I recently made a single, very guilty mistake with my daughter when we visited Sainsbury at Easter to buy chocolate eggs. In the entrance, they had set up a promotional pile of eggs and a smiley assistant was generously offering small pots of sample sweets to eager young customers. My daughter made a beeline for them and I (responsibly) asked 'are they gluten free?' The assistant wasn't sure, but willingly handed me a box to check. 'No gluten here' I thought. Wrong!

There were in fact three or four different eggs and the samples were a mix of all of them. I had checked just one (non-glutenous) box, but there in the pot was a single offending 'Jazzie'. Jazzies are chocolate coated in hundreds and thousands, most of which contain wheat and I knew that, but my brain didn't connect in time to realise that Jazzies were not in the contents of the box I'd checked. I watched as my daughter consumed the offending sweet. Just the one! The result was three days of diarrhoea............. lesson learnt......... cock-ups are not allowed.

I digress.............. The focus of this year's campaign for Coeliac Awareness Week is absolutely to be welcomed. Frankly, I get totally hacked off when I go shopping and find the gluten free shelves are empty, or worse still, the store doesn't even stock gluten free. Traipsing from one supermarket to the next is tedious, time-consuming and expensive. You generally know who stocks what on a reasonable basis in your home area, but if you go away you can be hard-pressed to find what you need. Which means suitcases packed with the staples because you can guarantee you will need them. When we stay in hotels, we go armed with a stash of bread and toaster bags (to avoid cross-contamination) and feel conspicuous as we carry them into the dining room for breakfast.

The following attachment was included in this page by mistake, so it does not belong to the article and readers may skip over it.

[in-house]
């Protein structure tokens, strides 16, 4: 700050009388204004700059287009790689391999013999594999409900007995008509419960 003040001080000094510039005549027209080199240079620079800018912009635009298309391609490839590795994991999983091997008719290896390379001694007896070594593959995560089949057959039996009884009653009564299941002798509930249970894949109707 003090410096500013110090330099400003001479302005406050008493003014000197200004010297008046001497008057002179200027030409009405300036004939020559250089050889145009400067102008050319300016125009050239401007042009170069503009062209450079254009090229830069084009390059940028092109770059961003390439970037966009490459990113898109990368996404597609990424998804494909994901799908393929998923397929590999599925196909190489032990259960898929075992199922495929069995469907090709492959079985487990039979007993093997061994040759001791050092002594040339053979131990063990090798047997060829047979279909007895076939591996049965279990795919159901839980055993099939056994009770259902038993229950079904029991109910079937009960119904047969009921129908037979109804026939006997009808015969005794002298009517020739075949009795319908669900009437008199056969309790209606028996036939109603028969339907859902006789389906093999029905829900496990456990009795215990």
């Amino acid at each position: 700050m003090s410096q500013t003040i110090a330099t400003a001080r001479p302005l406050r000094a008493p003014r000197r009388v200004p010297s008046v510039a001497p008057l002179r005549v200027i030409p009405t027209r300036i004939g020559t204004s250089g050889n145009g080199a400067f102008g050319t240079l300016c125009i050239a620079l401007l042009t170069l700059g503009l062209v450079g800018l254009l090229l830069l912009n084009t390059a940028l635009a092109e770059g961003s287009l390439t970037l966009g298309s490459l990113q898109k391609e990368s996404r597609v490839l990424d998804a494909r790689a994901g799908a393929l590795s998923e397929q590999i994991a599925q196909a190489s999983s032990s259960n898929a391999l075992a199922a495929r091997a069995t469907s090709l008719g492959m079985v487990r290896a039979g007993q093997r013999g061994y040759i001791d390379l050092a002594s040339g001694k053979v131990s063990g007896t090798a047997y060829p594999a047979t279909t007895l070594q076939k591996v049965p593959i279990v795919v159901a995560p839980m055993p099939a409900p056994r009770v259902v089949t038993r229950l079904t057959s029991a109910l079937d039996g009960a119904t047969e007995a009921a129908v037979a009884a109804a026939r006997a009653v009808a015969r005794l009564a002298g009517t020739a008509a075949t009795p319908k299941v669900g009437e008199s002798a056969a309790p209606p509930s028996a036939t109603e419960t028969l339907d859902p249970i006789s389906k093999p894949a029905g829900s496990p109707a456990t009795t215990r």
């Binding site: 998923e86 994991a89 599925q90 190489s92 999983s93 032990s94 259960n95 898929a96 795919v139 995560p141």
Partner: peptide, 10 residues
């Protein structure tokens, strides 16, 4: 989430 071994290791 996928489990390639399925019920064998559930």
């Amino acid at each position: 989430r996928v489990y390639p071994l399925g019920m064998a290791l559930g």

To be fair, the range of gluten free produce has increased massively in the last three years or so. It is truly a growth industry (I have even toyed myself with the option of entering the fray and setting up a business). But Coeliacs still don't have reliable access and anything Coeliac UK can do to make things better and ensure we are able to find what we need, when we need it and anywhere we may be has got to be a step in the right direction. Fingers crossed the supermarkets take note and not just for the short term!